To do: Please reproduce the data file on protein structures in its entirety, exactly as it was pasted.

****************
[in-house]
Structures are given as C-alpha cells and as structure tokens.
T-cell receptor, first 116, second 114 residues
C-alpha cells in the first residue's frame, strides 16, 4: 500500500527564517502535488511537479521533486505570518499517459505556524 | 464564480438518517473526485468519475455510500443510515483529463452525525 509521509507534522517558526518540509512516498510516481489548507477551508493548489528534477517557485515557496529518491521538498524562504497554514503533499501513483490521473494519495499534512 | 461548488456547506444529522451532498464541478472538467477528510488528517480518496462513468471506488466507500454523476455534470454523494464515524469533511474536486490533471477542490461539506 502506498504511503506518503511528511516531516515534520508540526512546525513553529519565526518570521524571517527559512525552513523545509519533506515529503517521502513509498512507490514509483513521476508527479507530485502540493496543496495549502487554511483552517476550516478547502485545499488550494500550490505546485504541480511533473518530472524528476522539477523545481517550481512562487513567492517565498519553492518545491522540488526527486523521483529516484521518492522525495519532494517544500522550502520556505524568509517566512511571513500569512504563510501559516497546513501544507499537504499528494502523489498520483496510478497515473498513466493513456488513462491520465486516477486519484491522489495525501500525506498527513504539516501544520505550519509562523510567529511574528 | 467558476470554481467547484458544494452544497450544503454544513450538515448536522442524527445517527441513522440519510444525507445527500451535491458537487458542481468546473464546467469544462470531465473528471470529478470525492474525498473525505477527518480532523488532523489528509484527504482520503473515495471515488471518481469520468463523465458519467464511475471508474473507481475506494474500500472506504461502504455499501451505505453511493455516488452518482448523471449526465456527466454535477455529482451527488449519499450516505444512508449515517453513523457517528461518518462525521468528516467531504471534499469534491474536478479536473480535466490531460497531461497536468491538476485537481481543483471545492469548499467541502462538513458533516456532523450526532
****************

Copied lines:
[in-house]
Structures are given as C-alpha cells and as structure tokens.
T-cell receptor, first 116, second 114 residues
C-alpha cells in the first residue's frame, strides 16, 4: 500500500527564517502535488511537479521533486505570518499517459505556524 | 464564480438518517473526485468519475455510500443510515483529463452525525 509521509507534522517558526518540509512516498510516481489548507477551508493548489528534477517557485515557496529518491521538498524562504497554514503533499501513483490521473494519495499534512 | 461548488456547506444529522451532498464541478472538467477528510488528517480518496462513468471506488466507500454523476455534470454523494464515524469533511474536486490533471477542490461539506 502506498504511503506518503511528511516531516515534520508540526512546525513553529519565526518570521524571517527559512525552513523545509519533506515529503517521502513509498512507490514509483513521476508527479507530485502540493496543496495549502487554511483552517476550516478547502485545499488550494500550490505546485504541480511533473518530472524528476522539477523545481517550481512562487513567492517565498519553492518545491522540488526527486523521483529516484521518492522525495519532494517544500522550502520556505524568509517566512511571513500569512504563510501559516497546513501544507499537504499528494502523489498520483496510478497515473498513466493513456488513462491520465486516477486519484491522489495525501500525506498527513504539516501544520505550519509562523510567529511574528 | 467558476470554481467547484458544494452544497450544503454544513450538515448536522442524527445517527441513522440519510444525507445527500451535491458537487458542481468546473464546467469544462470531465473528471470529478470525492474525498473525505477527518480532523488532523489528509484527504482520503473515495471515488471518481469520468463523465458519467464511475471508474473507481475506494474500500472506504461502504455499501451505505453511493455516488452518482448523471449526465456527466454535477455529482451527488449519499450516505444512508449515517453513523457517528461518518462525521468528516467531504471534499469534491474536478479536473480535466490531460497531461497536468491538476485537481481543483471545492469548499467541502462538513458533516456532523450526532